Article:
The smoky scent of embers. The hint of damp in hotel corridors. The perpetual hum of guitars. The familiar bouquet for the senses that is SXSW and Austin, Texas.
SXSW has now been a regular beat on my event circuit for some time. It’s an event I look forward to attending, not for the BBQ and tacos, but for the breadth and depth of ideas shared. Technology, creative arts, science, politics, all fused together into a week plus event of cerebral stimulation.
This year was notable for the turning on tech in the line-up assembled, and the voices given platforms.
Prime-time stage time was given to many of the democratic presential hopefuls, none more outspoken on big-tech than Elizabeth Warren. She used her presence to launch her attack on technology. She was calling for regulation to break-up the big-players, and even wind-back previous acquisitions.
Roger McNamee, the long-term Silicon investor and early mentor to Facebook, now turned critic and author of the book Zucked, lauded in his opinions. Broken business models, profiteering on our digital exhaust, trading personal data without our knowledge, and selling advertising based on predictions of our future behaviour is not the way, he argued. He was on the Warren bus. We must do better, his message.
Douglas Rushkoff an original cyber-punk was there to launch his book, and movement, Team Human. In his poetically eloquent way, he was arguing that we need to take back control. Technology is our tool not our master, he opined. Technology is taking us away from one another, not bringing us together. Manipulating our behaviour. Making us less human.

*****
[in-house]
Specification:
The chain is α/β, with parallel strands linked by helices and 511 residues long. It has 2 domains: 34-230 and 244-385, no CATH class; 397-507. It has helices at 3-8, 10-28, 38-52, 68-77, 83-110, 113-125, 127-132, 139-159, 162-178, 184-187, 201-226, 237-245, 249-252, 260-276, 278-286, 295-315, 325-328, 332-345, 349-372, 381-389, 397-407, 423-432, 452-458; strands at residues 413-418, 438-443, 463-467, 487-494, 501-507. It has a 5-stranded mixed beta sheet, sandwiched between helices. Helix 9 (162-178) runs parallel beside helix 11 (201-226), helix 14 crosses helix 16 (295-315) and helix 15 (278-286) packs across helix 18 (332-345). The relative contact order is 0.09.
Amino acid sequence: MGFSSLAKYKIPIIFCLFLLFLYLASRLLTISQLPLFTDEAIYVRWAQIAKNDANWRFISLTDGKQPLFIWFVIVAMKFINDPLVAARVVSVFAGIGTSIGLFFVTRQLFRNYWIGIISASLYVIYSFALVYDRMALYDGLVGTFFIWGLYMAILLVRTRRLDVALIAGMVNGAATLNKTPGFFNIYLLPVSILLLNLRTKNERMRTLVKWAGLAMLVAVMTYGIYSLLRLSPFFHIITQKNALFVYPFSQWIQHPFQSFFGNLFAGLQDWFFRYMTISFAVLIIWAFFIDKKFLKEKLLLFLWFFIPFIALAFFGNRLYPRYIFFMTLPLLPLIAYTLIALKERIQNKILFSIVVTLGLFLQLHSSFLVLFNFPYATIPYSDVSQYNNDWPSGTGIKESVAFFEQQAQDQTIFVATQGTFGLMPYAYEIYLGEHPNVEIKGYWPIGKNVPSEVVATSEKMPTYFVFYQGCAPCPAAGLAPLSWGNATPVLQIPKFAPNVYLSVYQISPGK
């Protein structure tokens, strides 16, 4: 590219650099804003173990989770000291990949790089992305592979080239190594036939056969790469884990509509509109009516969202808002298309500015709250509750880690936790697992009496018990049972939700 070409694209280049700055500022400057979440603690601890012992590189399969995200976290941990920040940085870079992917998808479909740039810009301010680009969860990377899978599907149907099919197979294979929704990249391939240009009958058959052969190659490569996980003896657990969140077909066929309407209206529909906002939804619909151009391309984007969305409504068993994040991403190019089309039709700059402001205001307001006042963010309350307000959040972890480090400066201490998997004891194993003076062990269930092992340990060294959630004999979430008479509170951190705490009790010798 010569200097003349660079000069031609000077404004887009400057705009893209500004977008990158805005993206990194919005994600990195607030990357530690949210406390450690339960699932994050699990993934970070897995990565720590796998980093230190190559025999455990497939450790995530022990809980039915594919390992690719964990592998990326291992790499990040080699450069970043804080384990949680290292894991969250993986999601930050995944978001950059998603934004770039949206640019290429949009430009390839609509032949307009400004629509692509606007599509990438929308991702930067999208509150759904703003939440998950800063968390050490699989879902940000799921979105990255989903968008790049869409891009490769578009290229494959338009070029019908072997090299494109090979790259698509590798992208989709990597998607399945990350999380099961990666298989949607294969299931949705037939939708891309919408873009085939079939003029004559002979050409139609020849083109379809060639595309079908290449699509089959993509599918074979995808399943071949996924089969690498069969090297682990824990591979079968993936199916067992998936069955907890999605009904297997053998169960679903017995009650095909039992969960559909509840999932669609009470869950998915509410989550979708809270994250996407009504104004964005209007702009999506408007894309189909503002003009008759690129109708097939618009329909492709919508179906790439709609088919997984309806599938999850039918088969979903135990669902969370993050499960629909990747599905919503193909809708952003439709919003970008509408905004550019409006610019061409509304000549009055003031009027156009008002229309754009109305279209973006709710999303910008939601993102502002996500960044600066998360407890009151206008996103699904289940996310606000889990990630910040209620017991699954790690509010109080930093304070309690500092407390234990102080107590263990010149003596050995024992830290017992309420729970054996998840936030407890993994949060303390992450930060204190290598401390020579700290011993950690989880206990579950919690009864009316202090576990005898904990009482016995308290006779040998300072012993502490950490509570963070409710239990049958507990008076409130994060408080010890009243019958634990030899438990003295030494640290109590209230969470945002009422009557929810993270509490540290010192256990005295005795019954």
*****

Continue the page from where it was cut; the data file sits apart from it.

Digital anthropologist and analyst, Brian Solis, was there to proclaim how technology, his area of specialism in which his career was founded, had beaten him. First-hand he had seen how technology had changed his behaviour, enhanced his procrastination, dehumanised him, distracted him to the point it cost him financially and emotionally. He also highlighted beyond his own case the rapid reduction in our attention spans, the rise of anxiety conditions and the staggering increases in plastic surgery in 20-year-old girls. He was at SXSW to ask us to rethink, and to not be our selfie, but to be our self.
Surveillance capitalism is the culprit in these prophets’ eyes; selling and trading our data, using predictive models to more effectively market to us, whilst using psychology tricks to keep us sharing and consuming. To addict us. The industry has lost its way, the message.
It wasn’t all anti-social media. Malcom Gladwell, opinionated as ever, turned his intellectual attention to the rush to automate driving. What about the unintended consequences to this innovation? The technology industry hasn’t got a great track record in securing its products and the data of its customers; do we really want our transport to be all on a network that invariably will be hacked one day? And the notion of less traffic, is it real? Traffic has got worse not better since Uber. He conjectured whether this is innovation for innovation’s sake; technology industry looking for a problem to align innovation to.
The tone was set. This was the year at SXSW when the technology-informed had lost faith. Enough was enough. It was time to rethink.
But SXSW remains an event for the optimist. For the dreamers. Those that think about what comes next. And despite the knuckle rasping, there were glimmers in the programme of what technology could still enable, and what might come. Whether it was new forms of urban mobility making the world smaller and more environmentally friendly (micro-scooters, flying taxis), the role of AI in healthcare (drug discovery, mental health, patient care), pleasure (engineering experiences, VR, AR, sex toys), food (agri-tech, urban-farming) or new industry creation (esports, smart cities).
There is still much for tech to do.